Chef faces jail for serving toxic puffer fish


A Japanese chef in Tokyo is facing possible jail time after intentionally serving highly poisonous pufferfish (fugu) liver to a customer.

Takeshi Yasuge, the head chef at Fukuji, a two-star Michelin restaurant in the upscale Ginza area that specialises in fugu, turned in his licence to serve the fish to public health officials after the incident.  

The 62-year old chef served about 10 to 20 grams of pufferfish liver on November 10 to a couple after the man requested it. The 35-year old woman accompanying him hesitated at first, but later ate some of it.

Mr. Yasuge also ate some of the liver. The woman began complaining of headaches and numbness in her lips on her way home from the restaurant. After being rushed to hospital, she was diagnosed with poisoning from ingesting the pufferfish.

Pufferfishes are notorious for their possession of tetrodotoxin, a potent neurotoxin that can kill with an oral dosage as low as 25 milligrams. Tetrodotoxin is present in the organs of the pufferfish, especially in the liver, ovaries and skin.  

Pufferfishes are regularly consumed in Japanese cuisine, where only highly trained chefs holding special licences are permitted to prepare and serve it. Unfortunately, the liver, one of the most toxic parts of the fish, is considered the most delicious part of the fish. Together with its deadly allure, this has prompted gourmands to demand it, despite the life-threatening danger and the fact that it has been illegal since 1984 for fugu chefs to serve the liver in Japan.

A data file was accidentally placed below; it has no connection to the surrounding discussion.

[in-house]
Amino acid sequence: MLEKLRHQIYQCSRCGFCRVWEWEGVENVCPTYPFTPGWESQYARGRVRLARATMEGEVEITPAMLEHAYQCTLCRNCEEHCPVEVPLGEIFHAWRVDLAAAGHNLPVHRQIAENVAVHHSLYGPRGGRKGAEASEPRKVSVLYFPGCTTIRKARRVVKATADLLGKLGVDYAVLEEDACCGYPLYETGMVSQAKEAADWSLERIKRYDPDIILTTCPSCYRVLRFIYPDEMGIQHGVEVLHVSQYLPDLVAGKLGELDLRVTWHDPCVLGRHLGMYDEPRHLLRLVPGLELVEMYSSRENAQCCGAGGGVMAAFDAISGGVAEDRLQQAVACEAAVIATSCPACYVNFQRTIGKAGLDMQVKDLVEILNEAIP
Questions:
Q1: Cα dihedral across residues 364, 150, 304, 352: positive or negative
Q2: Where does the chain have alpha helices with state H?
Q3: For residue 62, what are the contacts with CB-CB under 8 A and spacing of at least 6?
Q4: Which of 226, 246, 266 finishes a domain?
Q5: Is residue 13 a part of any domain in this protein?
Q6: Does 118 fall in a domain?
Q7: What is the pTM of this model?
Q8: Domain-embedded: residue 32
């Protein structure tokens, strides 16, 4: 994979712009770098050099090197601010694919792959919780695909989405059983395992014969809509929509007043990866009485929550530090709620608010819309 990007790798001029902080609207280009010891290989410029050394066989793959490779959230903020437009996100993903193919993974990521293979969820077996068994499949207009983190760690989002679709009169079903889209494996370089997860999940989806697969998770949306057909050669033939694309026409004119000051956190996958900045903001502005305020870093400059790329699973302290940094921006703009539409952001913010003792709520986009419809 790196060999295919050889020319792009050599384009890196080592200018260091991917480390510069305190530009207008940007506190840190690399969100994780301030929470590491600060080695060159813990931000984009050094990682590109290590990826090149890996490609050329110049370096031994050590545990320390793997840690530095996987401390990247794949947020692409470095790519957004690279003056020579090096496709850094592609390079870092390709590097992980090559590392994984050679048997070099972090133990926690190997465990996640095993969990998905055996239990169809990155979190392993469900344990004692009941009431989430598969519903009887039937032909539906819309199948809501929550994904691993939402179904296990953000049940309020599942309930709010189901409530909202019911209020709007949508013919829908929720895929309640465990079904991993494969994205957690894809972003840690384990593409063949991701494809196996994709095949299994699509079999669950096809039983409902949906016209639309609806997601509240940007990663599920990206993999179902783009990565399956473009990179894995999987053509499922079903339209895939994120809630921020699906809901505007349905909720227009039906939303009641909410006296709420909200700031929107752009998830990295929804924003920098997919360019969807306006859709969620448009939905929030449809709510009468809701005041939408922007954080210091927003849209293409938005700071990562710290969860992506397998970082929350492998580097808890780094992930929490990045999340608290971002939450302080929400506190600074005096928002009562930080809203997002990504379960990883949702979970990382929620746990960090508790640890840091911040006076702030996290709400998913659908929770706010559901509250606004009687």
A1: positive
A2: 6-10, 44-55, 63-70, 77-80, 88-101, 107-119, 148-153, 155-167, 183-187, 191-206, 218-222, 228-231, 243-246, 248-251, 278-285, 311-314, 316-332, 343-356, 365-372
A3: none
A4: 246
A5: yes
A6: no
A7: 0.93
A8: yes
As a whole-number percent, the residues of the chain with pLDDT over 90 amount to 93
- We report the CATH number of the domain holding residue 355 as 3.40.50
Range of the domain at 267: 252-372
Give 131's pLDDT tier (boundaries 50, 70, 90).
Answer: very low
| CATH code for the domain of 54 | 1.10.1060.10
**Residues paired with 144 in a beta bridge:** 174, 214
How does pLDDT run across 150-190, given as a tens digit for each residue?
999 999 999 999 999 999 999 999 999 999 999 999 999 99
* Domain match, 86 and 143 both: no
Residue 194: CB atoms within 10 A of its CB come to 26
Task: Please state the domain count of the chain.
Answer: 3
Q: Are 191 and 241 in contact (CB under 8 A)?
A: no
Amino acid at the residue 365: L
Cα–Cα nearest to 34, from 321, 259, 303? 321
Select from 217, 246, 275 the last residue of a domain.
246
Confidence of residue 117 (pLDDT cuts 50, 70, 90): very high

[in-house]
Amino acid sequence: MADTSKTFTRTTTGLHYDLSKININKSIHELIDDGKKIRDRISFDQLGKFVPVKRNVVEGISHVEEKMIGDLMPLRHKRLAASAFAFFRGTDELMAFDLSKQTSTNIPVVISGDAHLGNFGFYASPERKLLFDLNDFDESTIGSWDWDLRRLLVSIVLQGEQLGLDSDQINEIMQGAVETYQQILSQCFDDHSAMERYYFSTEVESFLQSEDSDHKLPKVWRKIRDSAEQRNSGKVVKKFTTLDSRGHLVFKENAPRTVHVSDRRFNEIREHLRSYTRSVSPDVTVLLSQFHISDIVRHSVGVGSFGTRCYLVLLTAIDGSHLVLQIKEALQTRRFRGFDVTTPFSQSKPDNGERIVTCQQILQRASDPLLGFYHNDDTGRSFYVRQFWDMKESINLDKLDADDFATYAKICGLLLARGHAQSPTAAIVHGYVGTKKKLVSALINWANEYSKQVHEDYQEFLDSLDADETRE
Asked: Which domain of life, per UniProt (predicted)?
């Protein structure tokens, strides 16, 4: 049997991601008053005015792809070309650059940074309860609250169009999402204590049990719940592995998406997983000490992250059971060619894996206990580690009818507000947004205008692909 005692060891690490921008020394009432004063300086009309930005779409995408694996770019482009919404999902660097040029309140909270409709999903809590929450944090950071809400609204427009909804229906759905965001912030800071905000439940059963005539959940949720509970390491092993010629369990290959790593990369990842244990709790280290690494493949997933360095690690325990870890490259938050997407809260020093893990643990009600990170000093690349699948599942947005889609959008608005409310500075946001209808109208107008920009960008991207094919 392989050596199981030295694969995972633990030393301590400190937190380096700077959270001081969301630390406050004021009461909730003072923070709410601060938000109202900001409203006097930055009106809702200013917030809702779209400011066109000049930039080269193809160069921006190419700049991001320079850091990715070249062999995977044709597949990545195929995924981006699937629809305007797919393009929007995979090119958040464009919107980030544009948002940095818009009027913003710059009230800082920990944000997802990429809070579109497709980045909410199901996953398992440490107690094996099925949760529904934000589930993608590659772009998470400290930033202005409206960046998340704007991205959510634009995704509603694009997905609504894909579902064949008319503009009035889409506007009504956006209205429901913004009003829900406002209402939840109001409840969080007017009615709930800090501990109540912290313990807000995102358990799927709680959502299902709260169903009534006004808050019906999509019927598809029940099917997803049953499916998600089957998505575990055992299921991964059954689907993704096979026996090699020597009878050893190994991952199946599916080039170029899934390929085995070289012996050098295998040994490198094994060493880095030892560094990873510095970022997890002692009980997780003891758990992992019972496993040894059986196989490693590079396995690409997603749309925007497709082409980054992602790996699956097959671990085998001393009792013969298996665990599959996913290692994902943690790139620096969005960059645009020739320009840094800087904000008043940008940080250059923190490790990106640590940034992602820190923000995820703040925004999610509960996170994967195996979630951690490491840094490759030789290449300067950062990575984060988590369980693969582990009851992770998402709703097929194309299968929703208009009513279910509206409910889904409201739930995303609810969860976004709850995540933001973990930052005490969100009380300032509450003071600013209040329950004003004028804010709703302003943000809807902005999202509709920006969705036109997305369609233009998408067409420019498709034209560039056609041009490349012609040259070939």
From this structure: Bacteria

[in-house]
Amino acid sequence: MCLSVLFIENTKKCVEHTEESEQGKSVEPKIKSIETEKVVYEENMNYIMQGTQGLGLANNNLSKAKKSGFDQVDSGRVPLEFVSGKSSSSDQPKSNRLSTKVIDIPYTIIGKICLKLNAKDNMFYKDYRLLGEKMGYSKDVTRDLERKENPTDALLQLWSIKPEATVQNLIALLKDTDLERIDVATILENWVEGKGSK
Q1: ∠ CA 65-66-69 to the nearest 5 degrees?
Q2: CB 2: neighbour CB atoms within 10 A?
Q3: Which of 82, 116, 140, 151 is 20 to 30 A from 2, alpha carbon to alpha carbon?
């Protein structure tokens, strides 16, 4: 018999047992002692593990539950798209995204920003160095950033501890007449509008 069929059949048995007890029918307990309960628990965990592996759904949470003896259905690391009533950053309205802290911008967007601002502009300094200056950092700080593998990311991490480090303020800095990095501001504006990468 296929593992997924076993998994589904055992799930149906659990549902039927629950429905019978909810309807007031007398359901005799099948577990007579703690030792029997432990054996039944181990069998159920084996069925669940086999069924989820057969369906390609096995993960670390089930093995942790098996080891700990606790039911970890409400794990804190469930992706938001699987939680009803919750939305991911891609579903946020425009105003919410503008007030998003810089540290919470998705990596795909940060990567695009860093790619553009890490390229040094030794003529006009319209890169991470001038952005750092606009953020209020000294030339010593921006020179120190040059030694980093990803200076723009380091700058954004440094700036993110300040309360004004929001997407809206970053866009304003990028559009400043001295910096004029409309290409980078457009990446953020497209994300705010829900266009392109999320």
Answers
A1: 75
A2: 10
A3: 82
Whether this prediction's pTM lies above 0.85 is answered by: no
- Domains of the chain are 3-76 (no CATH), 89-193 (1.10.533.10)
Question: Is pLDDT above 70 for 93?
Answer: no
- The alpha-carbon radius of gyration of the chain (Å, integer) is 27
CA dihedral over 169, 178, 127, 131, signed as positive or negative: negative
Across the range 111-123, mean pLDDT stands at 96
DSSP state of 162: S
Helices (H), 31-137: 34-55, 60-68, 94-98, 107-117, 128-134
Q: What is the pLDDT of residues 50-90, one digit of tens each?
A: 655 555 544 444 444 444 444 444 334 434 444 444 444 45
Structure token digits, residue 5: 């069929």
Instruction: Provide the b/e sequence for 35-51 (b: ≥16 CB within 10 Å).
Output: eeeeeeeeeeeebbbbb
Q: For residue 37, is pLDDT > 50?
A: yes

Mr. Yasuge expressed remorse at what he has done: "I can’t say anything else except that I am deeply sorry. I am just so sorry. My heart is in chaos."

When asked why he had served the liver, he said: "I don’t really know why I did it, but I guess my will was swayed."  

The restaurant, which had just been awarded two stars in the Michelin guide to restaurants in the Tokyo area released recently, had its business suspended for a week while city officials and the police investigated the case.

Mr. Yasuge is likely to face fines and a possible jail term for his violation of food safety laws. According to Kazunori Suzuki, a public health official in Tokyo: "He (Mr. Yasuge) is a licensed fugu chef so he knows how dangerous it is to serve liver. There are rules for this and he did not follow it."

A Michelin spokesman said it does not intend to alter the restaurant’s rating. "The decision was based on dishes the agent ordered off the menu."

Why not take out a subscription to Practical Fishkeeping magazine? See our latest subscription offer.